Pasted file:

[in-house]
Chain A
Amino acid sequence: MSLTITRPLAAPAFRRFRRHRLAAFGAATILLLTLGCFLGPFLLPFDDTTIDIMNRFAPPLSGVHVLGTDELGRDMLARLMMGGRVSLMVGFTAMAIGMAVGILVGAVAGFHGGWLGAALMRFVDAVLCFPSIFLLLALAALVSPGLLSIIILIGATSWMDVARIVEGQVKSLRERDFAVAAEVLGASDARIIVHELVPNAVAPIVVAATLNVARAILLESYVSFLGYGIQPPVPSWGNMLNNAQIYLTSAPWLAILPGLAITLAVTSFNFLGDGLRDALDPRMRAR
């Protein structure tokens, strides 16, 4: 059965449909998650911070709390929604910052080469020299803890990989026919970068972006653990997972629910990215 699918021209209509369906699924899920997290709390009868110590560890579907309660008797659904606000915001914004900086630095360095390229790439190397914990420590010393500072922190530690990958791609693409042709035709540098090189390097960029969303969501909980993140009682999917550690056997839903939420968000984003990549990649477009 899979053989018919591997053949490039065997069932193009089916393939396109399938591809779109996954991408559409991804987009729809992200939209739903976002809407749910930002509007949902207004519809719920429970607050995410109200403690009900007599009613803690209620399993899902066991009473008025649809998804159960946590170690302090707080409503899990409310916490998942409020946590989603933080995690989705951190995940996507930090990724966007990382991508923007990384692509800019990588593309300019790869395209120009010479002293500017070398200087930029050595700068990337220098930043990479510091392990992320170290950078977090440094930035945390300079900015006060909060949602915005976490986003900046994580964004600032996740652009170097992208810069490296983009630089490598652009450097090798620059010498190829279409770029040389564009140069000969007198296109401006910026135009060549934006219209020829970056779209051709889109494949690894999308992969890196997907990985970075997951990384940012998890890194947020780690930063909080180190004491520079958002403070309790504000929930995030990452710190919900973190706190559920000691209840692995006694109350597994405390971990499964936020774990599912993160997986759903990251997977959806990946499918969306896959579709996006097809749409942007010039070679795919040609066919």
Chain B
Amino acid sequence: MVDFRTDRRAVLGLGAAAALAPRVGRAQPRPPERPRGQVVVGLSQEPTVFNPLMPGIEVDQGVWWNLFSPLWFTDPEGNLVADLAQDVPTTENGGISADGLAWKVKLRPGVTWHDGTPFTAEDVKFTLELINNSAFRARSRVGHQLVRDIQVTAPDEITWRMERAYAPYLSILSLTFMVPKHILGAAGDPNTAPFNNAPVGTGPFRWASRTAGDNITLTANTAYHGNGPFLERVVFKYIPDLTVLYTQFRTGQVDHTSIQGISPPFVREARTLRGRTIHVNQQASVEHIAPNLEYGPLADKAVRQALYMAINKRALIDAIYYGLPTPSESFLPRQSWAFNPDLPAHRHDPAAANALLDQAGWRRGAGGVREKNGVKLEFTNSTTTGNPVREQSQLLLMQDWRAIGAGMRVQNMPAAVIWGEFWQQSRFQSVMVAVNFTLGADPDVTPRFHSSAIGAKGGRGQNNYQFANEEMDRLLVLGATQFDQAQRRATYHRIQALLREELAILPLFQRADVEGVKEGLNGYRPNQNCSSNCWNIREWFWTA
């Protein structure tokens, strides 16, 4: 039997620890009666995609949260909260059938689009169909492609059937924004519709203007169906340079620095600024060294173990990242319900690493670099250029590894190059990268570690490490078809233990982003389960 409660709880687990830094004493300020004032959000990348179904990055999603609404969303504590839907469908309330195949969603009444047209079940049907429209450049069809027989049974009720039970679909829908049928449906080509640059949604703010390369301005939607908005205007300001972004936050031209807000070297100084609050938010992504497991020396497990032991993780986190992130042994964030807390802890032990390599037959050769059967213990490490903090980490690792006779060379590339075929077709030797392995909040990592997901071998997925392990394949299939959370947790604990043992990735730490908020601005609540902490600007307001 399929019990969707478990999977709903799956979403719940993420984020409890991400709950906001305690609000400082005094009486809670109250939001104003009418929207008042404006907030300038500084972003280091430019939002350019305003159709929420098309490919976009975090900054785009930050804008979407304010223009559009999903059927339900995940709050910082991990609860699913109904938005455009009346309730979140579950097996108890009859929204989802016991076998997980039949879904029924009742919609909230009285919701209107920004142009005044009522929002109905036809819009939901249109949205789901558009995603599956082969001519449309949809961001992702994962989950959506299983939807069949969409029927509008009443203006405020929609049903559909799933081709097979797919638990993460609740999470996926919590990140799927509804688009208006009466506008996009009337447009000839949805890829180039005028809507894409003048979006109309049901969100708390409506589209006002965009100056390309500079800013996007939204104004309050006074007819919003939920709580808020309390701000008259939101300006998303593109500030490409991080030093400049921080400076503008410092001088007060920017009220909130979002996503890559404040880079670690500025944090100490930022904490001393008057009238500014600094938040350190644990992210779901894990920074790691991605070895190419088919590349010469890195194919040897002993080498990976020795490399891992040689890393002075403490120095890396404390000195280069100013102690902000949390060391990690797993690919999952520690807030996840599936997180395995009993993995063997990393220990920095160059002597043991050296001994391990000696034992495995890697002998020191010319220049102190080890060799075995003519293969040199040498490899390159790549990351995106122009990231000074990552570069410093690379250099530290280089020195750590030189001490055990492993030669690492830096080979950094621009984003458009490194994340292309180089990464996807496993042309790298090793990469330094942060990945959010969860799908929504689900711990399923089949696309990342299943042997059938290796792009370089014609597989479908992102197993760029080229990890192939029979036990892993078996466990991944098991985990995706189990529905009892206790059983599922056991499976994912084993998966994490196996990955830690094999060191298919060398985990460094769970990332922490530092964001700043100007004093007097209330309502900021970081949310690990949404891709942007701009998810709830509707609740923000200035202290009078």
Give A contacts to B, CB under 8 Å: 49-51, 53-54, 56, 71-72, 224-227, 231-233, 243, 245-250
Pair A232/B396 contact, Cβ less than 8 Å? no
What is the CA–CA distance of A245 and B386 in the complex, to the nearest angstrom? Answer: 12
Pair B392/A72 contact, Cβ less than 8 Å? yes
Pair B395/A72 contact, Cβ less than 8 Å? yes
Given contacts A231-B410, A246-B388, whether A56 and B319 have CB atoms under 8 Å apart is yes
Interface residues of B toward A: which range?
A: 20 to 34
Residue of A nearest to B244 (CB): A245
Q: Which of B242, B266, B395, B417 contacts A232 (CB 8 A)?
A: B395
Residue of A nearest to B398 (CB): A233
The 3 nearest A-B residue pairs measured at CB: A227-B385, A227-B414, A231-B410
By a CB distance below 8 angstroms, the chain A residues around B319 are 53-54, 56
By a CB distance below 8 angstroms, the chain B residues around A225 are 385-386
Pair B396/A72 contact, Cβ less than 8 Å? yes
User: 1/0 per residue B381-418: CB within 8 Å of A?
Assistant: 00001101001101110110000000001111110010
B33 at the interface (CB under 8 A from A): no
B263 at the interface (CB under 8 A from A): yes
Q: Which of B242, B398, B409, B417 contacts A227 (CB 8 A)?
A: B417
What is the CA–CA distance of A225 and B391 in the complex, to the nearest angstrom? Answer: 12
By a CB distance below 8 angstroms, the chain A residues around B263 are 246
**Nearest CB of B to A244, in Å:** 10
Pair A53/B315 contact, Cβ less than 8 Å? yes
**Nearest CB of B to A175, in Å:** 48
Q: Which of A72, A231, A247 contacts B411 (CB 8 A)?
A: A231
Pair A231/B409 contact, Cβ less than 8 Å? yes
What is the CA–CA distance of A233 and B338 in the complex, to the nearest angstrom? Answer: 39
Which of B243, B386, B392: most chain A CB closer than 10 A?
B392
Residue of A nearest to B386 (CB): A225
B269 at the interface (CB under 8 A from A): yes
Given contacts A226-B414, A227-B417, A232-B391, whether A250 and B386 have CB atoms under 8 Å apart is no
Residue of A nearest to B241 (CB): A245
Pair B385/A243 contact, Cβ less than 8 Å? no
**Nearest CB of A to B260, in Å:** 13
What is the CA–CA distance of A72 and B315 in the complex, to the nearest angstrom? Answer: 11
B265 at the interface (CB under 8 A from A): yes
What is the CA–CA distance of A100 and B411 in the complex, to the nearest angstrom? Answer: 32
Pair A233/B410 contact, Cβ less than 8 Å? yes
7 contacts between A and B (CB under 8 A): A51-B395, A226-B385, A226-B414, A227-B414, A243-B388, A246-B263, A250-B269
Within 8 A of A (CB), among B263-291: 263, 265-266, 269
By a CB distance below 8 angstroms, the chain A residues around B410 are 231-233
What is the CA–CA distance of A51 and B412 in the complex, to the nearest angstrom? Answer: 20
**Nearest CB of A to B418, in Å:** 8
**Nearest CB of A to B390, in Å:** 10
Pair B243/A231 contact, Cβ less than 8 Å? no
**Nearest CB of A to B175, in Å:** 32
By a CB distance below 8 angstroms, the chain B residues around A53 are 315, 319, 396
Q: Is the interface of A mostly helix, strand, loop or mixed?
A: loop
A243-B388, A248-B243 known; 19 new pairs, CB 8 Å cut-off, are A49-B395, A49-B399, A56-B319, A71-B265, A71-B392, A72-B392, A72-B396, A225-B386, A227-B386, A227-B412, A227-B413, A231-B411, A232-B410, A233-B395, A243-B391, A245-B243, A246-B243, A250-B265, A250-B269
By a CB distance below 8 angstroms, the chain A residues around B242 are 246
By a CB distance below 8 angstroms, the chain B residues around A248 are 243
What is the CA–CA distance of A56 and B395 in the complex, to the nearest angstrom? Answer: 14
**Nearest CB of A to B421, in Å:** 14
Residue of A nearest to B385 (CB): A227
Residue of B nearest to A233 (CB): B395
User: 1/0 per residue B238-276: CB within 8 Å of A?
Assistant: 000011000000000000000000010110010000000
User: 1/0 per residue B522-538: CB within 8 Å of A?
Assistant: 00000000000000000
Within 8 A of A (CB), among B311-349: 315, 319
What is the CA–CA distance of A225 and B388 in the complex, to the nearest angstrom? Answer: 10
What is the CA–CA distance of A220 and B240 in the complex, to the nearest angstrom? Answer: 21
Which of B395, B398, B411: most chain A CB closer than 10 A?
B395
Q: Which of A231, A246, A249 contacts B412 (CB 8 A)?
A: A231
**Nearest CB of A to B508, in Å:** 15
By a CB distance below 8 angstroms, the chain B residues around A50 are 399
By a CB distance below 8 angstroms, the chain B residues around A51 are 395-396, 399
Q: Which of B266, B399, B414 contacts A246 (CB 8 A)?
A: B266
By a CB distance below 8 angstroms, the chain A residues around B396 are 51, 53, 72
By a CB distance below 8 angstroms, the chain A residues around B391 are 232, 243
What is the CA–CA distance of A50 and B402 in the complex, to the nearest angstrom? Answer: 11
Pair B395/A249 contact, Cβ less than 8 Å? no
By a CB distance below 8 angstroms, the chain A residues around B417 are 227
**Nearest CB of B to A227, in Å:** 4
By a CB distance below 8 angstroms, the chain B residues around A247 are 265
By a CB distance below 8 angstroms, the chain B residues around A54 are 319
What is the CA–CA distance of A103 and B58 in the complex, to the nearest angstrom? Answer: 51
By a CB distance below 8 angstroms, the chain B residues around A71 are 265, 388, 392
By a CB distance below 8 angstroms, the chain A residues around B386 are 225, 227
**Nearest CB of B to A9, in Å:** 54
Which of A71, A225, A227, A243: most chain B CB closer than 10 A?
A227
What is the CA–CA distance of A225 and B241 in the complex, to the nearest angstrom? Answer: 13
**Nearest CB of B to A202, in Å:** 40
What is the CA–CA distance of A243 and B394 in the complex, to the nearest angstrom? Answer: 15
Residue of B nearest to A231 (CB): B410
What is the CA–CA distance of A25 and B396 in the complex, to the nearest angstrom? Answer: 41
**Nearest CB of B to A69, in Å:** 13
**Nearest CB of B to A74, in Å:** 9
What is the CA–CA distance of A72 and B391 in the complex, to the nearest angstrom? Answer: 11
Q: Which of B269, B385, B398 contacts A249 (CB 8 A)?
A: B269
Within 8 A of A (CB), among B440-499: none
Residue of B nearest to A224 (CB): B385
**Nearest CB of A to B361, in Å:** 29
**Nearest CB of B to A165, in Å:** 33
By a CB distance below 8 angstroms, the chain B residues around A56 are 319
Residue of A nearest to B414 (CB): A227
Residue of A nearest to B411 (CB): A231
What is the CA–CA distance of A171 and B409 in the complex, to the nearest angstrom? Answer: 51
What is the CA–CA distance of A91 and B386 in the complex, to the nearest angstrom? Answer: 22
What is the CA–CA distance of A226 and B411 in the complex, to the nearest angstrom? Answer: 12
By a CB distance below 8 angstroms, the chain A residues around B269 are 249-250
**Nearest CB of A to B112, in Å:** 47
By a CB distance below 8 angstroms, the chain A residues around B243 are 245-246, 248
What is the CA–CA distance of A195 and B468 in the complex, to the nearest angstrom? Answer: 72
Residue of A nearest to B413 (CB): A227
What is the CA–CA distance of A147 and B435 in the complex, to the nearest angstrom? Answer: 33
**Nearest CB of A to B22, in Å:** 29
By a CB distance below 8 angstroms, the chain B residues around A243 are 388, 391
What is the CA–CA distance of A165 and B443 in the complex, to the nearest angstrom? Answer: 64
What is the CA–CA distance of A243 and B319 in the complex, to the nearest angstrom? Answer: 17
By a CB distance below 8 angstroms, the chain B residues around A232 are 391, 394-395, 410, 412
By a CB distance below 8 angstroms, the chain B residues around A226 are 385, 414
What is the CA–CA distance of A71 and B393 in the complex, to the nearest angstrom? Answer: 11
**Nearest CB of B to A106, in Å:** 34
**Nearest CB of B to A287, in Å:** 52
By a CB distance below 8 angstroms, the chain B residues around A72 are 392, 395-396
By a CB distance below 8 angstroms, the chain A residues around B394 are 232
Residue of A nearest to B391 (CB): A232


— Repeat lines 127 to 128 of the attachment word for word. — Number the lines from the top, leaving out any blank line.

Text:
What is the CA–CA distance of A165 and B443 in the complex, to the nearest angstrom? Answer: 64
What is the CA–CA distance of A243 and B319 in the complex, to the nearest angstrom? Answer: 17